It has been a long time since the last new material from Sweden’s Darkwater – like almost a decade since 2010’s Where Stories End. Thankfully, that album was not the end of the story as the original line-up is back with 76 minutes of melodic progressive delight. The band’s debut Calling the Earth to Witness (2007) was simply phenomenal – the band setting a tone of melodic, yet progressive crunch with great melodies, copious keyboards and thought-provoking lyrics. But they took a long hiatus after the second release, leaving some to speculate if Darkwater was finished. For fans of melodic progressive metal, nothing could be farther from the truth. Human picks up, literally, right Where Stories End left off. The band didn’t really need to re-invent themselves, but I do think of this release as a kind of “reboot.” Afterall, 9 years is a long time in the music world. The best news is that during that time, these guys have not (individually) been absent from music, so their combined experience has only served to make them a bit more polished and more credible. This is a world-class recording (band produced), mixed and mastered by none other than Jacob Hansen. The sound quality is quite lavish – this one definitely the best-sounding of their 3 releases so far.
The Ulterium Records label carries with it a remarkable pedigree (despite their small footprint) of quality releases (both musical and physical product) for well over a decade now, so expect a beautifully packaged booklet and artwork, along with excellent sound quality in the mix. The music this time is easily categorized as melodic, thanks to the sweeping keyboard presence on almost every track by Magnus Holmberg along with Henrik Bath’s clear and distinctive vocal quality. But Markus Sigfridsson (guitars) always steers the sound in a metal direction with his crunchy guitar riffs and singing leads. Tobias Enbert (who also plays with Markus in the Christian melodic metal band Harmony) anchors the band with solid drumming. Alas, for those not familiar, Darkwater isn’t a Christian band per se, but they do speak to the human tendencies and troubles, the human heart, and ultimately the human spirit within the context of their thoughtful/questioning lyrics and intense emotional catharsis.
This album is massive – 10 songs, 76 minutes with every song in the 6 to 10 minute range, the exception “Alive-Part I” which serves as a short vocal intro (think Pain of Salvation because Bath sounds like Daniel Gildenlow here with his vocal phrasings) to “Alive – Part II.” Darkwater has a distinctive style – a very original sound – largely because they allow the keyboards of Magnus Holmberg an especially prominent presence within the mix. But the one thing I’ve always been impressed with about Darkwater is that they really don’t wear their influences too prominently – they don’t sound like Dream Theater, Fates Warning or any other band for that matter. I think Bath’s vocal style does impart to them an original sound, and they never try to mimic contemporary prog or melodic rock. You won’t find lengthy technically difficult passages, but that is not to say the competency isn’t there for execution. Instead, every riff, solo, groove, fill and lead serve the song in some regard – always the emphasis on melody. It’s their gift. I would say that the only negative about Human would be that every song is quite lengthy – which will likely please the prog fans to no end – but which could disappoint those who enjoy a mix of shorter more melodic and accessible songs mixed in with the epic tunes. Similarly, I think a fair criticism could be that there is a “sameness” to the songs as a result.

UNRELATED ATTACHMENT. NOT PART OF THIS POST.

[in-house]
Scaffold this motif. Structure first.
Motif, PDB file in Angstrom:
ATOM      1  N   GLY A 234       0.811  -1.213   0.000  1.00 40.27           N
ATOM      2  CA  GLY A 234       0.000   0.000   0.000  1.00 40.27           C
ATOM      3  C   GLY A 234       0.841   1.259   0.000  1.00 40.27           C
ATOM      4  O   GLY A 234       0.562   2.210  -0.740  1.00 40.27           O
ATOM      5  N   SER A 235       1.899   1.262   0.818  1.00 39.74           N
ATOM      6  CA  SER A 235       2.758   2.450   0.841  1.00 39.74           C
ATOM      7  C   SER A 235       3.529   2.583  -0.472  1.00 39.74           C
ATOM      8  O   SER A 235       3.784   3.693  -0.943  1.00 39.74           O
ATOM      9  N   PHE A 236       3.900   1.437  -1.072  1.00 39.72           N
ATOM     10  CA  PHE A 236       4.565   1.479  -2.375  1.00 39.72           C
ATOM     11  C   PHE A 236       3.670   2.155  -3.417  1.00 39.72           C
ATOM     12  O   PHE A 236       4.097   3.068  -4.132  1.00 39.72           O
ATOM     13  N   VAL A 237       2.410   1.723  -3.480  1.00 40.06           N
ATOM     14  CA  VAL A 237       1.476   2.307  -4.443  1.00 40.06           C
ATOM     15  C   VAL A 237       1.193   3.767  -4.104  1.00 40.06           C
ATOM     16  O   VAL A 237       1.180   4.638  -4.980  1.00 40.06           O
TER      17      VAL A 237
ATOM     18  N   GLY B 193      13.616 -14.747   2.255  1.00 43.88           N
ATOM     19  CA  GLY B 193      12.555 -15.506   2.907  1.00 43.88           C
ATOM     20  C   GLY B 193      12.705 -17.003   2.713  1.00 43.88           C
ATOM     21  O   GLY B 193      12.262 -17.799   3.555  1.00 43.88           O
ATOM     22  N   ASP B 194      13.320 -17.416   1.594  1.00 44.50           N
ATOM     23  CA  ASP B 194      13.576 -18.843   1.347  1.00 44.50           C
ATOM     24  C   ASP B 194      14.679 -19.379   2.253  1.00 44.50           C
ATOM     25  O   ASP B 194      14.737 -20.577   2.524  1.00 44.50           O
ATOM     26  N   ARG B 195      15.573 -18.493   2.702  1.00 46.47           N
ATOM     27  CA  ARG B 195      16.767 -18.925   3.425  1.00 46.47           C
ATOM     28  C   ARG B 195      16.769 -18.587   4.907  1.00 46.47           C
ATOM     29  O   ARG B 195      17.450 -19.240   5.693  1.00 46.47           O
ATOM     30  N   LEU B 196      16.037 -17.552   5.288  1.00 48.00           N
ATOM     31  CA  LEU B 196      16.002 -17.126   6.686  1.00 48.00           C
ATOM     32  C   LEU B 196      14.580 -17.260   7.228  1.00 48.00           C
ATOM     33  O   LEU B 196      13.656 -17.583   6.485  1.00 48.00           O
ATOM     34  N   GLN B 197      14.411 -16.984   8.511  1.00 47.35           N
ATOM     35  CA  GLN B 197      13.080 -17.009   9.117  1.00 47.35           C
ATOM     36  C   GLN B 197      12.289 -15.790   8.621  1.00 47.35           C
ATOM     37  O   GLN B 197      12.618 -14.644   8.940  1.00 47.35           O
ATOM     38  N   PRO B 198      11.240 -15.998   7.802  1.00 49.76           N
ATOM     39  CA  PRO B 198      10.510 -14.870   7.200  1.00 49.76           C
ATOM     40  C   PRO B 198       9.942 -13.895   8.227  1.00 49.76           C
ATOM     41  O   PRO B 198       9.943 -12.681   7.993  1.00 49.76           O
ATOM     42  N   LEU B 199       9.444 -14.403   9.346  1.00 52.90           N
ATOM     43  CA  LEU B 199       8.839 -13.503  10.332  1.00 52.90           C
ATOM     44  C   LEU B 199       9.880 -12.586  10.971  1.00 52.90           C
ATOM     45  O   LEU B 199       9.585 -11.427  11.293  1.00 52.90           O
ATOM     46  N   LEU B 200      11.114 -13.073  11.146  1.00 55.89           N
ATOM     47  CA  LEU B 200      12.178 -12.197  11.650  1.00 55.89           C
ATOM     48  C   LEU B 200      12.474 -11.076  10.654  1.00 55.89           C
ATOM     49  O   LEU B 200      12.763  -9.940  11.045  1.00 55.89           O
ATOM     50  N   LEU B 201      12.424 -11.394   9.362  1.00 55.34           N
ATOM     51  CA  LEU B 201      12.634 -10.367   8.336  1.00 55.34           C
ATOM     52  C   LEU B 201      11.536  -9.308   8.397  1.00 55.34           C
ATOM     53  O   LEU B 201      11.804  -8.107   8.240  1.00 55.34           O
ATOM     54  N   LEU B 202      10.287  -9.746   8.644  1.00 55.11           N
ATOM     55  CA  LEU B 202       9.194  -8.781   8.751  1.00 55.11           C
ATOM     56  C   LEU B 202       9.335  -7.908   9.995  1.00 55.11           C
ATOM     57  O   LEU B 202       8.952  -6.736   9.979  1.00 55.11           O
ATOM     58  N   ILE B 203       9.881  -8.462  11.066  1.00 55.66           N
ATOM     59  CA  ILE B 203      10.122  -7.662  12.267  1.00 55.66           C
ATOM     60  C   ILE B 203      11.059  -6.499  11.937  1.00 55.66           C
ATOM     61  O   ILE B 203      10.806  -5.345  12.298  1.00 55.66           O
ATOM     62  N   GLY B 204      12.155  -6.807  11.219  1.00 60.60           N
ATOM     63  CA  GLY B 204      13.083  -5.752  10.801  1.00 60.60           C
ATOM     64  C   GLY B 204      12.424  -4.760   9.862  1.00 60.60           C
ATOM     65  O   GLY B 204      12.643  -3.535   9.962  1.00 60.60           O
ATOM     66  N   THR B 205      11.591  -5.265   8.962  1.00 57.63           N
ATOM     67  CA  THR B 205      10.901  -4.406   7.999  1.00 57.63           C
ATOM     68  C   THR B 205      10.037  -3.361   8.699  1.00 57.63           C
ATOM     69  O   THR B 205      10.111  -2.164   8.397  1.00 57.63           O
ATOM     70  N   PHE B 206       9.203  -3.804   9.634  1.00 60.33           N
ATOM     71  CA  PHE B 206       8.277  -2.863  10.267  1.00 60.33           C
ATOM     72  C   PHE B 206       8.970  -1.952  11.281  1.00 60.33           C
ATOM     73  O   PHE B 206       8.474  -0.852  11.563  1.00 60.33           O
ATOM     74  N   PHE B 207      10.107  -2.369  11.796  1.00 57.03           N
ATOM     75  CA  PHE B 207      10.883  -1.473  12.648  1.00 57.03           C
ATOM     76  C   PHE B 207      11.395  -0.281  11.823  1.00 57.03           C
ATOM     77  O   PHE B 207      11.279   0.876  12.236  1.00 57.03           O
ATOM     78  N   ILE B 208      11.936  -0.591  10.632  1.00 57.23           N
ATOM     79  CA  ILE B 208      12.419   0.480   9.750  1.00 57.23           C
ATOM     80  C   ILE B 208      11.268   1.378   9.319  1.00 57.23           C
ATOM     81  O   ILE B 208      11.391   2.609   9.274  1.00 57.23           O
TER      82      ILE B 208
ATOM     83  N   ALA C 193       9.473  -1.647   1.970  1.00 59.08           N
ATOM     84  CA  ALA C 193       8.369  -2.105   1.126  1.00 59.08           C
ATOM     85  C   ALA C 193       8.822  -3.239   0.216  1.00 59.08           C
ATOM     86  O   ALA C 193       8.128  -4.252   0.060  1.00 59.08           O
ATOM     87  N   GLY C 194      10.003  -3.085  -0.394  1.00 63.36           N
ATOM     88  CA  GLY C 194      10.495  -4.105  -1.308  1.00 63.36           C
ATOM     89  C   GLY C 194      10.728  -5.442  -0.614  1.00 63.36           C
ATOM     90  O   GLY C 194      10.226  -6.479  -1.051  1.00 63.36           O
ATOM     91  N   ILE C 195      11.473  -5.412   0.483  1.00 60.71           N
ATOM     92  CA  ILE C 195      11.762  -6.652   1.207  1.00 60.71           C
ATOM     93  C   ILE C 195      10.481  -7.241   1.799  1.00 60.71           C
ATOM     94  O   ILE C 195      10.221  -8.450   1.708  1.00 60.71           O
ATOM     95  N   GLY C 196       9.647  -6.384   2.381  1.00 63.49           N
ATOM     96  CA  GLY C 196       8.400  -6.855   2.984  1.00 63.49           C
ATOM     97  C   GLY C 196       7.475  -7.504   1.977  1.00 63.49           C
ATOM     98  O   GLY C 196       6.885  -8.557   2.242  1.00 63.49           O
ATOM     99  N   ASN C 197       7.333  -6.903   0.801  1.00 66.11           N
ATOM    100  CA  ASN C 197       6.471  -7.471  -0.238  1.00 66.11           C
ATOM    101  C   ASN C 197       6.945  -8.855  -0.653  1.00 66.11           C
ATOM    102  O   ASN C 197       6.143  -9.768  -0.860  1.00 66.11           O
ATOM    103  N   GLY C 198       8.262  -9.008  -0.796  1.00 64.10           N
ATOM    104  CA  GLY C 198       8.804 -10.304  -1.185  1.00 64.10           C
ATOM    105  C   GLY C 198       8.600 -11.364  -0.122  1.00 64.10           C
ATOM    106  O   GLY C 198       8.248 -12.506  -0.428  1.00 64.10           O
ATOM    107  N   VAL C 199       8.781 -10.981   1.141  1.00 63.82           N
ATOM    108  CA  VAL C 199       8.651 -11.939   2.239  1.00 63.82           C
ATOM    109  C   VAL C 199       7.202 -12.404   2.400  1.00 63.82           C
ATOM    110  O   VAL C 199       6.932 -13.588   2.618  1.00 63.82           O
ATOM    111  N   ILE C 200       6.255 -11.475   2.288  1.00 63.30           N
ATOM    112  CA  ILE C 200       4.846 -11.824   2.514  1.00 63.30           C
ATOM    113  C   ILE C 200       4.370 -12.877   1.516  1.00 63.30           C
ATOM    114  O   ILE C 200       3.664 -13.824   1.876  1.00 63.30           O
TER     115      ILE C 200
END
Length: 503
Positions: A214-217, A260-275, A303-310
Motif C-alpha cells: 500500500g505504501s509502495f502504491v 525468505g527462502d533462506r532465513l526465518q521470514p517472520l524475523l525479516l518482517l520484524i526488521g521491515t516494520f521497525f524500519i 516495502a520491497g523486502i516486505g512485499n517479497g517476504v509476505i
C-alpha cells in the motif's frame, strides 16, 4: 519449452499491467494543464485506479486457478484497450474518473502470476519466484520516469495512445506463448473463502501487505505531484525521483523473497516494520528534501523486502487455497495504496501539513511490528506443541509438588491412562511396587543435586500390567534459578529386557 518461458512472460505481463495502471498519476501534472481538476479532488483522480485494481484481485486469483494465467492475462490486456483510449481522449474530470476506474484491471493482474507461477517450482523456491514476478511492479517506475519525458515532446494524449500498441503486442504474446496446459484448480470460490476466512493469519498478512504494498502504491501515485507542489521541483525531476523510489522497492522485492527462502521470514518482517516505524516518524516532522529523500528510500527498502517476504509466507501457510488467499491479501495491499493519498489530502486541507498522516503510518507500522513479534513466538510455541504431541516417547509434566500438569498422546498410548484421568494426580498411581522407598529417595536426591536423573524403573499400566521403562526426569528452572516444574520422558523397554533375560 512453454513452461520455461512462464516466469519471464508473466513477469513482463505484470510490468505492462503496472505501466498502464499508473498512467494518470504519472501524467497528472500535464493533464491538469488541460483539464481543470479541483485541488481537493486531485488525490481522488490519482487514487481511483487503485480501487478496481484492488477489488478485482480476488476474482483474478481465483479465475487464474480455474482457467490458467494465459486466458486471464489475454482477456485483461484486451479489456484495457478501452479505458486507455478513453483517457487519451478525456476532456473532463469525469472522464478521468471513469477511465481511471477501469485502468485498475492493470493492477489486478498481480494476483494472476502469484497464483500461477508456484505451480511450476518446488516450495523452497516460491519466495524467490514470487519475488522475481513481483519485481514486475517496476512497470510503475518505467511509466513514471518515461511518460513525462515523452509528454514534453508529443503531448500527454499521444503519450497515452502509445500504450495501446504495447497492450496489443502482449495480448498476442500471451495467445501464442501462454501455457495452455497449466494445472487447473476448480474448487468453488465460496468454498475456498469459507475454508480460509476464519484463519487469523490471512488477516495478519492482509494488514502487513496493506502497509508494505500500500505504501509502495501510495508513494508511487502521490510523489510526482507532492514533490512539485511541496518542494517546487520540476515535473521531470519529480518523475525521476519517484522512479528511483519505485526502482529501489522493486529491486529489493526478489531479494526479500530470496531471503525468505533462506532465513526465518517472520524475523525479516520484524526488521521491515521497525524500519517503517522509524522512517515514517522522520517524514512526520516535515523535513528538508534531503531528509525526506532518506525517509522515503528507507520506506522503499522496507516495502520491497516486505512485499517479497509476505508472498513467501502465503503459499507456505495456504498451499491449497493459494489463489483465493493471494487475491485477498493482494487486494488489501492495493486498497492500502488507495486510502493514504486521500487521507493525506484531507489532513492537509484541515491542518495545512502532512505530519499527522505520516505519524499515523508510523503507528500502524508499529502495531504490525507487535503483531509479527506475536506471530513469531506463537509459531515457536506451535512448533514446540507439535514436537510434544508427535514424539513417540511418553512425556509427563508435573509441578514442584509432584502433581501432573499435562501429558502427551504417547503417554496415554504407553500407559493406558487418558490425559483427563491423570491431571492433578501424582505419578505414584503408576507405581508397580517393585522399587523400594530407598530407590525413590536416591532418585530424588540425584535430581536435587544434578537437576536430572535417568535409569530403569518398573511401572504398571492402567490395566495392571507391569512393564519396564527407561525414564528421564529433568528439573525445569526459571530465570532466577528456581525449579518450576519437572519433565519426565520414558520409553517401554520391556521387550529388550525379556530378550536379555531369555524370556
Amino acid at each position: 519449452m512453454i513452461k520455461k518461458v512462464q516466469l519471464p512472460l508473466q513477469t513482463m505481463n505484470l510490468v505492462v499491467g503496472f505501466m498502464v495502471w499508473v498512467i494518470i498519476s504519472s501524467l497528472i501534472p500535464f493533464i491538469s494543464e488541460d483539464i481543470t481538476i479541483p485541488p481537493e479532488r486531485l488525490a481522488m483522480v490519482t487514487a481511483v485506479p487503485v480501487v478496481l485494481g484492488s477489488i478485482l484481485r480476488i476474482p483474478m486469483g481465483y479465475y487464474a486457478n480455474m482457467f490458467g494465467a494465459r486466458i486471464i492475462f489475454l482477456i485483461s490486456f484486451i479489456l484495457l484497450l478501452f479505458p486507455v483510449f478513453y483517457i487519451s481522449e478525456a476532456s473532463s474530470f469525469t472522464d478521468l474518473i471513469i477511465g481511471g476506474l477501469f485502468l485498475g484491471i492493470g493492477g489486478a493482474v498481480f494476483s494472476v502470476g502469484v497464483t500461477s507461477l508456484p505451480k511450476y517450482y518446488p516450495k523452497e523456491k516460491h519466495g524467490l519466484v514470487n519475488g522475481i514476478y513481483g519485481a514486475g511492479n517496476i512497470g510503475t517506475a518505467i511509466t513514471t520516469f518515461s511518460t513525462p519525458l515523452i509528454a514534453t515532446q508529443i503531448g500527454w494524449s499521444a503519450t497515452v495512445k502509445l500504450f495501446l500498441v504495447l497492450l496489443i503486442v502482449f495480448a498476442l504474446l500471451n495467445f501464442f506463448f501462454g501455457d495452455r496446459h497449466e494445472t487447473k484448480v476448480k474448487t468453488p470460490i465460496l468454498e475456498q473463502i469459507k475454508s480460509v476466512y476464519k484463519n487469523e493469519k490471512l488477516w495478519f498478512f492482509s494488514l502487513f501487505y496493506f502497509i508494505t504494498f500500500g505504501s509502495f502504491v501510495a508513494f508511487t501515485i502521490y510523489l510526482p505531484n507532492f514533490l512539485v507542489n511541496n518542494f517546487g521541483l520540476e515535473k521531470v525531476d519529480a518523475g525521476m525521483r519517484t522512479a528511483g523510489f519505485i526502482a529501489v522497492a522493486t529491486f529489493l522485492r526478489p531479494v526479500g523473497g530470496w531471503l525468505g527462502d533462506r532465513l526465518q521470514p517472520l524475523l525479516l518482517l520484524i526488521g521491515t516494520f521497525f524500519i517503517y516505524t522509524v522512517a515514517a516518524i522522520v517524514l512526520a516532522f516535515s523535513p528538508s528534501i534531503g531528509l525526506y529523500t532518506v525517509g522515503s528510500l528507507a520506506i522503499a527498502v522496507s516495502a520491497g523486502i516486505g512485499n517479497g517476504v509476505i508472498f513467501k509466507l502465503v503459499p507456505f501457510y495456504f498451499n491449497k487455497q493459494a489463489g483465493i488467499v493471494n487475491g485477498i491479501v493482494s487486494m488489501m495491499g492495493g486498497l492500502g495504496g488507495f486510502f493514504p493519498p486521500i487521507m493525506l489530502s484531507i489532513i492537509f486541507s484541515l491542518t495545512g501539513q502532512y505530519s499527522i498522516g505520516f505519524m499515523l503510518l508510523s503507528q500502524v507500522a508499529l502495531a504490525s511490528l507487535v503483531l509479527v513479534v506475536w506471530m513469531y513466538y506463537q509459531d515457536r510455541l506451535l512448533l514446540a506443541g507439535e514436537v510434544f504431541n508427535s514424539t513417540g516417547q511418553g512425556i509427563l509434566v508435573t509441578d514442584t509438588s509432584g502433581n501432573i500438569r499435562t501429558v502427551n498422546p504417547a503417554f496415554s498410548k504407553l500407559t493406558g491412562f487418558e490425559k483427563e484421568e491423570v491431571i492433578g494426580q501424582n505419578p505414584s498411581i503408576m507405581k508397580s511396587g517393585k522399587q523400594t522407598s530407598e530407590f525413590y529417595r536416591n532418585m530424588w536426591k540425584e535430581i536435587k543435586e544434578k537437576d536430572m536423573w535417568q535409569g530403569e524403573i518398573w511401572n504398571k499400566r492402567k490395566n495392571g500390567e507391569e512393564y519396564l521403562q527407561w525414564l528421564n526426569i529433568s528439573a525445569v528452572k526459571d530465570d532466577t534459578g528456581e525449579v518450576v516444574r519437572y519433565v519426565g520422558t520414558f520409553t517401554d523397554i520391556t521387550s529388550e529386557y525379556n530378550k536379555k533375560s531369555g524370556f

Those relatively minor issues aside, the music is wonderful. The keyboards sing in just about every song, delivering all kinds of diversity in soundscapes. No question, this is a lush recording – the mix wonderfully conveys power and precision at full volume. Despite the lengthy nature of almost every song, within the song itself, there is plenty of diversity. Songs like “Insomnia,” the story-like “The Journey” and the Pink Floydian 11-some minute “Reflection of a Mind” are simply stunning. In addition, one of my favorites would be “Burdens.” This song has it all – transparent lyrics, Symphony X like guitar riffs, thundering drums (both bass and toms), piano and guitar echoes and dynamic contrast. This song almost has a Pain of Salvation vibe in many aspects, but that wicked guitar lead shreds and the keyboard outro is very cool. This song then leads right up to the equally intense “Turning Pages,” a song which nicely juxtaposes the heavy and the acoustic. Lyrically, this is one of the strongest songs here because it calls the world to take account of the “lies feeding our society.” It begs the question, “Will we ever break these chains?” and “find our way back home?”
“I can’t take anymore/So I’m turning pages/Need this world to come alive … We need this world to break these lies/Hiding what we would have seen/Lies breaking what we would have seen/Lies breaking what we could have been/Lies feeding our society.” – “Turning Pages”
Darkwater, its great to have you back!
This release is also available in 2LP vinyl. (Review forthcoming)
1. A New Beginning (6:20)
2. In Front Of You (7:28)
3. Alive (Part I) (1:26)
4. Alive (Part II) (7:22)
5. Reflection Of A Mind (11:32)
6. Insomnia (6:46)
7. The Journey (8:04)
8. Burdens (8:15)
9. Turning Pages (9:47)
10. Light Of Dawn (9:09)